The Boys who lived in the Austrian village of Flachau would ski nearly every winter afternoon. After school they would rush to the base of a small hill in the long shadow of the Dachstein, and because the hill had no chair lift or rope tow they would step sideways to the top before careening fearlessly down. Then they would do it again and again, until darkness consumed them. They would imagine that they were World Cup racers and that the small bumps on their tiny slope were the treacherous Kamelsprung on the famous downhill at Val Gardena in Italy's south Tyrol. On weekends they would watch their older countrymen—most of all the great Franz Klammer—compete on television and then try to imitate them.
Fifteen years have passed. The boys are grown. In the dim light of a midwinter evening, 23-year-old Alex Maier sits at a smooth, wooden table in the kitchen of his family's two-story stone house and recalls that his older brother, Hermann, was always the best of them, the fastest and smoothest skier. "His position was always small, efficient, his hands were always just right, in front of him," says Alex. The boys would bring liters of cola and pieces of chocolate as prizes for the winner of their after-school races, and usually Hermann ingested the spoils. He was a restless kid with a single mind who would suffer through the school day while tapping his foot in anticipation of the skiing that was to follow. "Always he talked about being in the World Cup and the Olympic Games," says Alex.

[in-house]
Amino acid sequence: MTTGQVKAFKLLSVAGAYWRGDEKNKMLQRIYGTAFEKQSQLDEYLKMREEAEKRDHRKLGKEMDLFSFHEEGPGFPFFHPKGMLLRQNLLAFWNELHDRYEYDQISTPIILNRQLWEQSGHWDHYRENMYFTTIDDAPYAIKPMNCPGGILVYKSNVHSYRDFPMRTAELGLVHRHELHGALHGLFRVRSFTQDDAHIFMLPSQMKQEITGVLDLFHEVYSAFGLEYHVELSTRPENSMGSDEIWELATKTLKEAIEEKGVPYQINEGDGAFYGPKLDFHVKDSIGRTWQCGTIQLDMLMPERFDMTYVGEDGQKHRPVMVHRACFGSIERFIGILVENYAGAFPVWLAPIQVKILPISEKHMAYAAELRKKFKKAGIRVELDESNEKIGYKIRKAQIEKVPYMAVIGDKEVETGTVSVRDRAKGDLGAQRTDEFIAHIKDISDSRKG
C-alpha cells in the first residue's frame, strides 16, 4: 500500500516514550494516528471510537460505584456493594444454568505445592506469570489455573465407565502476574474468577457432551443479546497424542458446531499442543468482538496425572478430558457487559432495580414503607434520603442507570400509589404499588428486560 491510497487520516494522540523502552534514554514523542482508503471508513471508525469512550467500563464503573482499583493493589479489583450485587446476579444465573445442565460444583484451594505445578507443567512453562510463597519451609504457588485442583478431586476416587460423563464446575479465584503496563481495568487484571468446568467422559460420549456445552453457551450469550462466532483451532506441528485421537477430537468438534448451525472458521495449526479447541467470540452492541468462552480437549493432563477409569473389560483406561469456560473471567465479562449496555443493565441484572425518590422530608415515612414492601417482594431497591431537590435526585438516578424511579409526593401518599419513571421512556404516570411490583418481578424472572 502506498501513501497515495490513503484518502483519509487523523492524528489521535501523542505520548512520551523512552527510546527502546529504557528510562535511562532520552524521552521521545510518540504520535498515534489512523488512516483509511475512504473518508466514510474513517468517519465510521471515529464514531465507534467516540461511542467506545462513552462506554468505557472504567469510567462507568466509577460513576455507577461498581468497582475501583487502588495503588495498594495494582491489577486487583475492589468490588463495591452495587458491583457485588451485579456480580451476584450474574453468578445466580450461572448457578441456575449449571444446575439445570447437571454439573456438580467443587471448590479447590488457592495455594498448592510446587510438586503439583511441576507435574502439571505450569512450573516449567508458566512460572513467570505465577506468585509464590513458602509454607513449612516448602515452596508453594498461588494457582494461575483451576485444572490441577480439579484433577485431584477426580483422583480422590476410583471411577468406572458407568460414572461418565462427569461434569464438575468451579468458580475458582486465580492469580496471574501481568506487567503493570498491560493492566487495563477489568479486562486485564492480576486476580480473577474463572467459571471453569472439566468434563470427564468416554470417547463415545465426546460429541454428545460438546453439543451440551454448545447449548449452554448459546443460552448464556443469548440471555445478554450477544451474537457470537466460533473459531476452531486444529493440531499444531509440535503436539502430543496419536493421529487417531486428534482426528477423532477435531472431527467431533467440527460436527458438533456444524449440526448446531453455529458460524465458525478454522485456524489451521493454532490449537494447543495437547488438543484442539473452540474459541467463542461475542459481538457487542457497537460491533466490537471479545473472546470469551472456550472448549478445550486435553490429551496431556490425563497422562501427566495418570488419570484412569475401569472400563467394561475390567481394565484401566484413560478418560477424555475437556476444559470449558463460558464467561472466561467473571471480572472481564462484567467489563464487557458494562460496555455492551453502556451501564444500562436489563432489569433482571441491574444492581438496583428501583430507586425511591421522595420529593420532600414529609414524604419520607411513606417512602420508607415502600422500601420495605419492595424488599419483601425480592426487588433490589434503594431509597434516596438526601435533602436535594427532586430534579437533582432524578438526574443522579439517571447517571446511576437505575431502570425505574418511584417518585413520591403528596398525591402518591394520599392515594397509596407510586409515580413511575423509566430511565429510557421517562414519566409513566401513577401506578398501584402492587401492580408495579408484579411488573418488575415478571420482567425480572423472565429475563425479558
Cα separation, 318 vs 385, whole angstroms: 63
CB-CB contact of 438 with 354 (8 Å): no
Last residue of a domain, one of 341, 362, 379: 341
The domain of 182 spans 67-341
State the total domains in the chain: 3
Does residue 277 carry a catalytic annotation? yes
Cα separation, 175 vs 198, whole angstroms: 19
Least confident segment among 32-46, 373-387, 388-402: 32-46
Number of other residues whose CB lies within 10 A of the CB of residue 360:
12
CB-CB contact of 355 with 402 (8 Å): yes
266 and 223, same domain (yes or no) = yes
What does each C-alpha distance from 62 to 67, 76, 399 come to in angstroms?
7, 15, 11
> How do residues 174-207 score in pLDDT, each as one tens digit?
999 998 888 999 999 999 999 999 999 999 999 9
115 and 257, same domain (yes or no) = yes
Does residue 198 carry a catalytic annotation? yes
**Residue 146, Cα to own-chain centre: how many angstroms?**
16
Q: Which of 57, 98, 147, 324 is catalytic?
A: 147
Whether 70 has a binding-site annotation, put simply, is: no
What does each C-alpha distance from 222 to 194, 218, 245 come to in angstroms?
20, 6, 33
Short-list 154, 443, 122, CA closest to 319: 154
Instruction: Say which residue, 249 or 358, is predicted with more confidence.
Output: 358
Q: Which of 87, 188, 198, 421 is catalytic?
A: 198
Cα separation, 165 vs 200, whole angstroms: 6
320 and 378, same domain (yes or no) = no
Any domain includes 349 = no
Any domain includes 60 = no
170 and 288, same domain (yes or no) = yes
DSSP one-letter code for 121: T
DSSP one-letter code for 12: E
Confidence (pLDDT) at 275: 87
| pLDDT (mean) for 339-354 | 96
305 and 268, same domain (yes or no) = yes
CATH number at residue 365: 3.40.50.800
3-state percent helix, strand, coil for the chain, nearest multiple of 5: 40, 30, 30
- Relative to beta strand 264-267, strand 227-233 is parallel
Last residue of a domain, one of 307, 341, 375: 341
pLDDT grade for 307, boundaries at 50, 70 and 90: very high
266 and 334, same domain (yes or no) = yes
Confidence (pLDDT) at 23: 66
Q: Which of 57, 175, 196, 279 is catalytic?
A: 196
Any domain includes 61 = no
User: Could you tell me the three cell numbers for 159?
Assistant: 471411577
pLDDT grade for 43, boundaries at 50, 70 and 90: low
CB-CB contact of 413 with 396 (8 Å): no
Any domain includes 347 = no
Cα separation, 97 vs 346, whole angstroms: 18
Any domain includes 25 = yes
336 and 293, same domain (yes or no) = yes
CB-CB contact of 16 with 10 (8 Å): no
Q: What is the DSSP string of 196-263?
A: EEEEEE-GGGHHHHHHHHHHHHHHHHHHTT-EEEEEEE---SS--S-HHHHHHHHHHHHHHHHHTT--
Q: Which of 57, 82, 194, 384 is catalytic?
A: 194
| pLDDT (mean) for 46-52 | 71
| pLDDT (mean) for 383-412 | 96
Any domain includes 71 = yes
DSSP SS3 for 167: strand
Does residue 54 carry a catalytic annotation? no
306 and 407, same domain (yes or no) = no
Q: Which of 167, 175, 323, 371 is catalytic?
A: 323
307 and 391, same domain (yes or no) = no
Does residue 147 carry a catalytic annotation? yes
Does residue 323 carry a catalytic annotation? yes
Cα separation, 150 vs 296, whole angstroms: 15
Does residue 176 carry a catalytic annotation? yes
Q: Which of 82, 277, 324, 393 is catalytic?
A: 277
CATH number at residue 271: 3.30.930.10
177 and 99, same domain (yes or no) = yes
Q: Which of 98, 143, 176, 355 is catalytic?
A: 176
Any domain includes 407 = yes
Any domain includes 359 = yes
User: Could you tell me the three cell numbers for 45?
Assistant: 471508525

Soft music drifts from the small radio behind him. Alex pauses when the song stops and a voice begins speaking urgently in Austrian-accented German. "Listen," says Alex. "He's talking about Hermann."
The announcer is part of a chorus, singing the story of 25-year-old Hermann Maier, whose late-blooming talent was almost lost in the prodigious depth of Austrian Alpine skiing (see: Kenyan distance runners, American point guards, Dominican shortstops) and who was nearly left to a long career as a bricklayer. Instead Maier has not only reached the World Cup circuit—and, soon, the Nagano Olympics—but also overwhelmed it with a style and a drive that have left his opponents dumbstruck. "The way he's skiing, he's pretty much taken the sport to a whole new level," says Tommy Moe, an American who won the Olympic downhill in 1994. "I mean, it's like it's a new era, and he's the beginning." Says Moe's U.S. teammate and two-time Olympian Kyle Rasmussen, "Everybody is just a little bit in awe of the guy. His own teammates are in awe of him, believe me." The panting European media have taken to calling him, alternately, Monster Maier and, in homage to another Austrian hero, the Hermann-ator.